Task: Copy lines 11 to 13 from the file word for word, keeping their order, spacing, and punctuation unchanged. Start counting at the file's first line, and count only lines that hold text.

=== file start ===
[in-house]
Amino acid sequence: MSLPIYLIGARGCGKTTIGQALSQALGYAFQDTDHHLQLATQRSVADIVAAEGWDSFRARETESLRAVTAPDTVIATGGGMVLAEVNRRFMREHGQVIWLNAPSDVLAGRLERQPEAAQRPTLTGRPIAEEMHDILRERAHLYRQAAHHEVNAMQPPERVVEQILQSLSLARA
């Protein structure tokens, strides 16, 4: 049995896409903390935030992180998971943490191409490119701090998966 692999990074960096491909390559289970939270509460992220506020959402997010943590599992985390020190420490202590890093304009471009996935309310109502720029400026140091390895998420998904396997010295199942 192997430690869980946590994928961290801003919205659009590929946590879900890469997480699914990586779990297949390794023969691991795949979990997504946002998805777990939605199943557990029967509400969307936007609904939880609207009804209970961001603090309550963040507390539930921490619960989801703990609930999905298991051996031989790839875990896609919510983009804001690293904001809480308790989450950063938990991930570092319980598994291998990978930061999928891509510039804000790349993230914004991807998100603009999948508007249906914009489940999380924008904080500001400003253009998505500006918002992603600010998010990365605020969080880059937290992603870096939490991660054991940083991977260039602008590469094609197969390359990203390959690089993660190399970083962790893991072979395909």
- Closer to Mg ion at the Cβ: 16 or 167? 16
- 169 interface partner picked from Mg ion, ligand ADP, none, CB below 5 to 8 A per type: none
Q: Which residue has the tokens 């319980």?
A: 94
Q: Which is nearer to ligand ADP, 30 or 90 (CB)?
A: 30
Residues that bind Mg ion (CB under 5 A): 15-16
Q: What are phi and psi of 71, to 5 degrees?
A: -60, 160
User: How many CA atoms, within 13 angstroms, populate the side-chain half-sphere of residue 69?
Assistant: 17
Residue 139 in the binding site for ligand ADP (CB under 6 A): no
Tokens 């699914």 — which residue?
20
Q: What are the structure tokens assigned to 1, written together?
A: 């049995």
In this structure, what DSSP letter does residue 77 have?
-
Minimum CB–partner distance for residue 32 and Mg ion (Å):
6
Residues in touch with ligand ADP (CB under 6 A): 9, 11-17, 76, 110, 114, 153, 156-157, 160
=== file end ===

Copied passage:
Q: What are phi and psi of 71, to 5 degrees?
A: -60, 160
User: How many CA atoms, within 13 angstroms, populate the side-chain half-sphere of residue 69?